The 2019 resident survey was the second year of a 4-year contract with ETC Inc. to administer a statistically significant satisfaction and opinion survey to a randomly selected segment of Winston-Salem households, as well as an identical non-random survey open to any person interested. Results for the random and non-random versions are reported separately to ensure the statistical validity of the randomized sample. A statistically valid sample allows the City to make generalizations about the overall population.
The 2019 Resident Survey Final Report, information pertaining to the Non-Random Resident survey results, and the PowerPoint presentation provided to City Council can be viewed by clicking on the links below.
2019 Resident Survey Report [pdf/5mb/150p]
Non-Random 2019 Resident Survey Memo [pdf/1mb/1p]
2019 Resident Survey Presentation for City Council [pdf/1mb/41p]
If you have questions or comments about the survey or how to participate, send an email to firstname.lastname@example.org, or call CityLink at 311 or 336-727-8000.
Questions & Answers
Why is the city surveying city residents?
The city wants to know how city residents feel about the quality of services they receive from city government and what areas need improvement.
What is in the survey?
The survey includes general questions about perceptions of Winston-Salem as a place to live and work, and in depth questions about satisfaction with various city services, ranging from how well the city communicates with the public to opinions about police and fire, streets, sanitation, public transportation, recreation, and other city functions.
What is the last time the city conducted a survey?
The city last surveyed its residents in 2018 and plans to continue regular surveying each year. Doing so provides valuable, timely feedback to management and elected officials.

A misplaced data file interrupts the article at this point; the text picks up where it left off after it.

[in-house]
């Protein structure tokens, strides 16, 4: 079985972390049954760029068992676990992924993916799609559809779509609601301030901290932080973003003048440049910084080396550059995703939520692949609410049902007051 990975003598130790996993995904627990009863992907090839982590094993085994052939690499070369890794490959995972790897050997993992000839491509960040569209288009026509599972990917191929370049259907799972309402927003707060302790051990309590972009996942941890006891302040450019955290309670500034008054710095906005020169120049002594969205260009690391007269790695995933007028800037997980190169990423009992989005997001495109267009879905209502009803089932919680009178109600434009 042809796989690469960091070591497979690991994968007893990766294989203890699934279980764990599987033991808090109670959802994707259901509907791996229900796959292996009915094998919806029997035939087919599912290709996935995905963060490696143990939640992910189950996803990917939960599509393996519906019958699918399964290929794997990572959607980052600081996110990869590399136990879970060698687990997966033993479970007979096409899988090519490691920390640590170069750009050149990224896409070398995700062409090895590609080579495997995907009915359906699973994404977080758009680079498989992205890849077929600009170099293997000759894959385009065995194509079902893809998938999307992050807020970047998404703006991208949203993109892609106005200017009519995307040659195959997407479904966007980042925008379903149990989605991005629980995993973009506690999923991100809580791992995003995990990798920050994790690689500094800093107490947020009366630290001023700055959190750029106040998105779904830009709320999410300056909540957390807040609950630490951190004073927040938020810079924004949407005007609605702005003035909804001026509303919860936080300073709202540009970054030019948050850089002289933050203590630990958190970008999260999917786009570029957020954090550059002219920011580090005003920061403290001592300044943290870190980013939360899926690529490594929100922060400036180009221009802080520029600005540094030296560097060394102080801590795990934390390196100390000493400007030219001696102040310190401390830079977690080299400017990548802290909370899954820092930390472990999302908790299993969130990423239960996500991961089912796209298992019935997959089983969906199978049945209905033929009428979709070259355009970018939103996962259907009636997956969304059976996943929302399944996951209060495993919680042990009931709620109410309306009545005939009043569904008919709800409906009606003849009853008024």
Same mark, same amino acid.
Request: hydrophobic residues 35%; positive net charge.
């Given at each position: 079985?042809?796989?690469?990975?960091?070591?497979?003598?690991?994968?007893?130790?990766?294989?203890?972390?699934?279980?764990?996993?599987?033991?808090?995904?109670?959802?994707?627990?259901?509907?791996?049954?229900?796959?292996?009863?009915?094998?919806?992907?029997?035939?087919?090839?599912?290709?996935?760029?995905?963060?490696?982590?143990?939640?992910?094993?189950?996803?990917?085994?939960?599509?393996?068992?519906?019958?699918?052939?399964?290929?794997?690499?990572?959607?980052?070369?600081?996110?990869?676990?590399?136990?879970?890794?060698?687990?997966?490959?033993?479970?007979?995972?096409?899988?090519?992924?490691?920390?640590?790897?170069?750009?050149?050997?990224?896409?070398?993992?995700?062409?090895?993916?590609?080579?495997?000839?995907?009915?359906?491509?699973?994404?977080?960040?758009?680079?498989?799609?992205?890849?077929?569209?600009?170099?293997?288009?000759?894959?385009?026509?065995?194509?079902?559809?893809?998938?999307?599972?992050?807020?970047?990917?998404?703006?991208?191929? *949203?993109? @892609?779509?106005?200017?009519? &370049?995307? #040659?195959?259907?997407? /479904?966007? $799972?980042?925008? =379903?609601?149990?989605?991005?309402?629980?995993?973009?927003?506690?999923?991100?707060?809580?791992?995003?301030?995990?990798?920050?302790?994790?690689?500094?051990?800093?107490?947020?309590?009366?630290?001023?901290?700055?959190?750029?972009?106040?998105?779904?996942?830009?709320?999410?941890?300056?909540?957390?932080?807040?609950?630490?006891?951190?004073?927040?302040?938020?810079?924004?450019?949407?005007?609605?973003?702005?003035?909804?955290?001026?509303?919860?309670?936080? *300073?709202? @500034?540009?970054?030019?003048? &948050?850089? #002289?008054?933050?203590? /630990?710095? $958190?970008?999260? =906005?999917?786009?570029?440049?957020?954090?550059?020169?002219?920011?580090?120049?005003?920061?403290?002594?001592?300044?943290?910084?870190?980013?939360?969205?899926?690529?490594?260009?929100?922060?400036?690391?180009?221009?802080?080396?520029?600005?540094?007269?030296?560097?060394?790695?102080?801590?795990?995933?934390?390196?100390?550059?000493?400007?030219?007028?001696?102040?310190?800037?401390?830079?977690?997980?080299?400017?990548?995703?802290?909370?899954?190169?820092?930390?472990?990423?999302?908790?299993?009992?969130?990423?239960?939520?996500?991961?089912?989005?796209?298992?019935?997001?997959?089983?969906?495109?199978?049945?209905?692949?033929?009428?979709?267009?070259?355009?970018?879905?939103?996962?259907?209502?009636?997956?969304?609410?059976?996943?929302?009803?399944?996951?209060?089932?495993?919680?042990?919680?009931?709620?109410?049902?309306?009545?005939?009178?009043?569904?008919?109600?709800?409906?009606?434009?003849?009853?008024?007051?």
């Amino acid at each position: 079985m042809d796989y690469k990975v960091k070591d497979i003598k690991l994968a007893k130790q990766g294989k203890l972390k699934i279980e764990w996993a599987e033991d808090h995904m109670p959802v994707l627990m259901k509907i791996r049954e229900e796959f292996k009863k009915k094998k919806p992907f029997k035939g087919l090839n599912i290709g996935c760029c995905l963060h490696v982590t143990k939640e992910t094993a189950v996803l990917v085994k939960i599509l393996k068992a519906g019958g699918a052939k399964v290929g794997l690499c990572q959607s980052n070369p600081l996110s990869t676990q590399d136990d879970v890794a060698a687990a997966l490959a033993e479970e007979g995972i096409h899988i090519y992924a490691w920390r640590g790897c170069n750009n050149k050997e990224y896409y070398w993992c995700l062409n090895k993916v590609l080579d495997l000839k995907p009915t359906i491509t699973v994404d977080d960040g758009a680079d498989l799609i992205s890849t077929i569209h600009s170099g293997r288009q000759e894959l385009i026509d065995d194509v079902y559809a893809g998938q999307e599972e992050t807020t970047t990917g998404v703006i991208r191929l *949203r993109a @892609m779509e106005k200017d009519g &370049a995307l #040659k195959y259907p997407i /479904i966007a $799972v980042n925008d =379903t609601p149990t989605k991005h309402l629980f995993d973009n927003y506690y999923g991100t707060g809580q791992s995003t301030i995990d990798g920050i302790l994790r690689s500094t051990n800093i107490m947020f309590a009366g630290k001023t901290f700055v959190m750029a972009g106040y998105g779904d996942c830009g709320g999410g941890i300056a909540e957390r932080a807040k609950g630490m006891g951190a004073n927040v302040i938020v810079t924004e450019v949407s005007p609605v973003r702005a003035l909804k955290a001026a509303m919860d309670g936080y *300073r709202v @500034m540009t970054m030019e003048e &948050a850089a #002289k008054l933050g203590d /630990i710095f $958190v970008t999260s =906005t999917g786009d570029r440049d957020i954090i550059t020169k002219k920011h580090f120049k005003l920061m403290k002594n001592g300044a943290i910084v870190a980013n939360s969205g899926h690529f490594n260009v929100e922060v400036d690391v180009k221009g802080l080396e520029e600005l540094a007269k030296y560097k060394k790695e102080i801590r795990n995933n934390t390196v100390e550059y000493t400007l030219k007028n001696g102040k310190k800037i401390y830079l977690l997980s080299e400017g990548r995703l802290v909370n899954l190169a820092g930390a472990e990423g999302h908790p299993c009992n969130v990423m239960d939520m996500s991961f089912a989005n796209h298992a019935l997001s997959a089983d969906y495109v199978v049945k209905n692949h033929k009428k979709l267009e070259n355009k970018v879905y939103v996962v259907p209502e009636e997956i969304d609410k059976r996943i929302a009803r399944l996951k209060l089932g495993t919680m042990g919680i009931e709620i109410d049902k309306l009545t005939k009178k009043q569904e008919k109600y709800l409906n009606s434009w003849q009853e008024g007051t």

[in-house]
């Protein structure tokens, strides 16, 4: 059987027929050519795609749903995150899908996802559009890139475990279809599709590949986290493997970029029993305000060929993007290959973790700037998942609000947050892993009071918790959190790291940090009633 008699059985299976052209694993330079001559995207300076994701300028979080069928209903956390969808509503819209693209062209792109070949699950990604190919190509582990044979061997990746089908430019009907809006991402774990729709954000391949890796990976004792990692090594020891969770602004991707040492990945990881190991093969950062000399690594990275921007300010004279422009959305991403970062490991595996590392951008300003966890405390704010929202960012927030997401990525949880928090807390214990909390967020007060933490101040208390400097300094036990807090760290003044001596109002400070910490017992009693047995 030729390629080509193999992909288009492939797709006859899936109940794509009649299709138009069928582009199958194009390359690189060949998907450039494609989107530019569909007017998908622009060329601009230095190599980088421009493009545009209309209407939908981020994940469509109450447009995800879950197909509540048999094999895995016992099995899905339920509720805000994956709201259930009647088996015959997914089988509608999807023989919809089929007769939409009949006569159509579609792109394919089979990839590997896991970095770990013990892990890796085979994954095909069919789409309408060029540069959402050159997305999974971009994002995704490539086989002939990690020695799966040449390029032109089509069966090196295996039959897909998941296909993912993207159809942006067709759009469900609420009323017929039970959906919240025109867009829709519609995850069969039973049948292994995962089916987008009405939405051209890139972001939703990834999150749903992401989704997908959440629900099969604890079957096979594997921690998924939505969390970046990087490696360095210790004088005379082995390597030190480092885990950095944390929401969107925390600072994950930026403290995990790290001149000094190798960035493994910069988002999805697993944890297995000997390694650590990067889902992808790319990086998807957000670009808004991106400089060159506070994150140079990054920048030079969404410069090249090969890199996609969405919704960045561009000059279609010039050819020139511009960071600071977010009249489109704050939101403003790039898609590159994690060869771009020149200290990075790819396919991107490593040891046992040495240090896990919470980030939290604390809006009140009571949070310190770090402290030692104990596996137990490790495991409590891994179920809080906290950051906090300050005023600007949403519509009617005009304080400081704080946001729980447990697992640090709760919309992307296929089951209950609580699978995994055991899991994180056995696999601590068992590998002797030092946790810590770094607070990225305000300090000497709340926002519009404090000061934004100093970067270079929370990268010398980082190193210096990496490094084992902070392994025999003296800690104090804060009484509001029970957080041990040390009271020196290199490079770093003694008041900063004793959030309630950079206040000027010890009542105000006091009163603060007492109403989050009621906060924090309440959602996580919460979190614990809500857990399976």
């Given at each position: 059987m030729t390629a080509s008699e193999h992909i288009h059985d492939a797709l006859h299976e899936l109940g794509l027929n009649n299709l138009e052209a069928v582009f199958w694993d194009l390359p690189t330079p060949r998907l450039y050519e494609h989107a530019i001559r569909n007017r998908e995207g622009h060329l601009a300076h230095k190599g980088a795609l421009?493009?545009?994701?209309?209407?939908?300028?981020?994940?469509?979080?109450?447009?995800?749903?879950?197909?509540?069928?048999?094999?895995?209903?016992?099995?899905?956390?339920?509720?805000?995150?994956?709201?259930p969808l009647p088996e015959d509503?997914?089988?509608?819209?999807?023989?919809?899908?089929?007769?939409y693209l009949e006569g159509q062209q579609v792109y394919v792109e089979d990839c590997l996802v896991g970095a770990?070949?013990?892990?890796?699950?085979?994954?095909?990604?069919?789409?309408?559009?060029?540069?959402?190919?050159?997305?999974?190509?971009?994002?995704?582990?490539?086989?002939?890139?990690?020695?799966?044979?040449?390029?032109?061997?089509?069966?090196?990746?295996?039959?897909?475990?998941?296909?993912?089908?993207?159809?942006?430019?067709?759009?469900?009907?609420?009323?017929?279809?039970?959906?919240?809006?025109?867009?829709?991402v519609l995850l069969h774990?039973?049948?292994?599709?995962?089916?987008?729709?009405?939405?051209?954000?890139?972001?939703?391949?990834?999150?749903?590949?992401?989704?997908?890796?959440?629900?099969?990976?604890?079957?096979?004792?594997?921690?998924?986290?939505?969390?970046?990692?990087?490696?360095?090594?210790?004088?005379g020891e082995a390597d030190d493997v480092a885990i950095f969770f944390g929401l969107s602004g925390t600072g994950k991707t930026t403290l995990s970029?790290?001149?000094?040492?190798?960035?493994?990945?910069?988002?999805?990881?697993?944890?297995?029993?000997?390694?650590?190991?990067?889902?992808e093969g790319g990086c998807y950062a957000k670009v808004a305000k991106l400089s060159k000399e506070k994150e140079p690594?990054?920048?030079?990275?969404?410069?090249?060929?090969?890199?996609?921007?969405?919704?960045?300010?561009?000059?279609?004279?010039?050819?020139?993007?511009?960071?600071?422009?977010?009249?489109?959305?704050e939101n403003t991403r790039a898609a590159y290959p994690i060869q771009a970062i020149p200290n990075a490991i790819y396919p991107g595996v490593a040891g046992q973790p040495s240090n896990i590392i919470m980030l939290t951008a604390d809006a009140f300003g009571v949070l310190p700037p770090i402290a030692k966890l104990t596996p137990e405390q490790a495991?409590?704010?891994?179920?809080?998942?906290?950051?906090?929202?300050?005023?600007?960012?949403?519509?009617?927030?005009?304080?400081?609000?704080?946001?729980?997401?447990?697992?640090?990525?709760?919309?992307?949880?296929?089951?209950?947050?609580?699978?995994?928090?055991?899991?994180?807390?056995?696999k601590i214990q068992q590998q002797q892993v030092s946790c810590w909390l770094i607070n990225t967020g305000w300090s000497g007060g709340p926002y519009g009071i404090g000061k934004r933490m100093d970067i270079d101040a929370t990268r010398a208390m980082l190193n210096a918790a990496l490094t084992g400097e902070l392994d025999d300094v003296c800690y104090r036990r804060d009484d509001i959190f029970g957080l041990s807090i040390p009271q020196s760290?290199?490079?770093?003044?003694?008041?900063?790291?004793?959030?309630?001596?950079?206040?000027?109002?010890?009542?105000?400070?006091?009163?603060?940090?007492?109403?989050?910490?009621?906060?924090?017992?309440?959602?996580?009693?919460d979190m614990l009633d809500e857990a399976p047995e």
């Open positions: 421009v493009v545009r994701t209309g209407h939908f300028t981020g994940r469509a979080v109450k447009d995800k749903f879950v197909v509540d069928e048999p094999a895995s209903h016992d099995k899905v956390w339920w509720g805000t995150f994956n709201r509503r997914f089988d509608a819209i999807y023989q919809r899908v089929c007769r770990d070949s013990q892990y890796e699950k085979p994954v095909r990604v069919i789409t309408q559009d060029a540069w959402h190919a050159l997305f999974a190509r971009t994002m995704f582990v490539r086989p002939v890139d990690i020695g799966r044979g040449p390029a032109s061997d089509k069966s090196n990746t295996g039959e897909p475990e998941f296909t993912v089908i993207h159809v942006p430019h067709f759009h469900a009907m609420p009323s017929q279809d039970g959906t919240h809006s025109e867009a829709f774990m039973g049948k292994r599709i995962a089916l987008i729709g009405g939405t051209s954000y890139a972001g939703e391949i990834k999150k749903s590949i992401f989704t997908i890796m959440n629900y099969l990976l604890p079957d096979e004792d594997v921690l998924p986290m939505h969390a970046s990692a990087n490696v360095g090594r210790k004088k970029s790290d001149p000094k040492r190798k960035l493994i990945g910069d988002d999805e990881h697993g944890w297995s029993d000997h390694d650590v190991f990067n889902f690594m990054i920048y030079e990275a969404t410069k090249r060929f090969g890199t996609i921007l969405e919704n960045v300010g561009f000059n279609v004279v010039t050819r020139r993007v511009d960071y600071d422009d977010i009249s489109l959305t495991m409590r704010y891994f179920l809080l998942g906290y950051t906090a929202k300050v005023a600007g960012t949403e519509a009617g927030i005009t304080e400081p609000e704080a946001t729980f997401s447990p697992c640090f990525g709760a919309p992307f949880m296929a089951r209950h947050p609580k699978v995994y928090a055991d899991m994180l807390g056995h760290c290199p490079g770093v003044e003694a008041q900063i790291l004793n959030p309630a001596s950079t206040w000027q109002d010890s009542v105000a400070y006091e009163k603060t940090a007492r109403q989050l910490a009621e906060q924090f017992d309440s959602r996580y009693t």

What will the city do with the results?
The results will be presented to the City Council so that council members can take this information into account as they set city priorities. Council members and city staff also will use the results to identify areas for improvement and direct city resources, as needed, to assist in making improvements. Because this year's survey is very similar to the 2018 survey, the city will be able to compare results year-over-year. Additionally, the information will allow the City Council and city staff to compare our performance with other cities in North Carolina and throughout the southeast region.
How many surveys were distributed?
Approximately 10,000 surveys were mailed to randomly selected city residents.
How did the city determine who received a survey in the mail?
The city retained an outside firm, ETC Institute, to put together the sample size and come up with a random mailing list that would be representative of the city population by geographic area, and other demographic factors.
How will the city ensure that the results reflect the views of all city residents?
The survey firm will track the responses and then weigh the results to ensure that the survey is representative of the overall city population. If necessary, the firm will conduct follow-up surveys in the event that some demographic groups are too under-represented to provide a valid sample.
If the city wants the survey results to reflect the city population, why is it allowing voluntary participation?
The city wants to be as inclusive as possible in soliciting input from city residents, which is why is it allowing voluntary participation though the online version of the survey. The results of these voluntary surveys will be provided separately to the City Council.
Is the survey for voluntary participants the same as the surveys that were mailed?
Why do I have to provide such information as gender, race, income bracket, age, etc. on the survey?
For the surveys that are mailed, this information will enable the survey firm to make sure the results are representative of the city as a whole. For online surveys completed by voluntary participants, it will help the city better understand the results and identify trends. In either case, information on specific individuals is not made available to the city. The vendor uses it to identify trends but does not provide the city the information about individual respondents.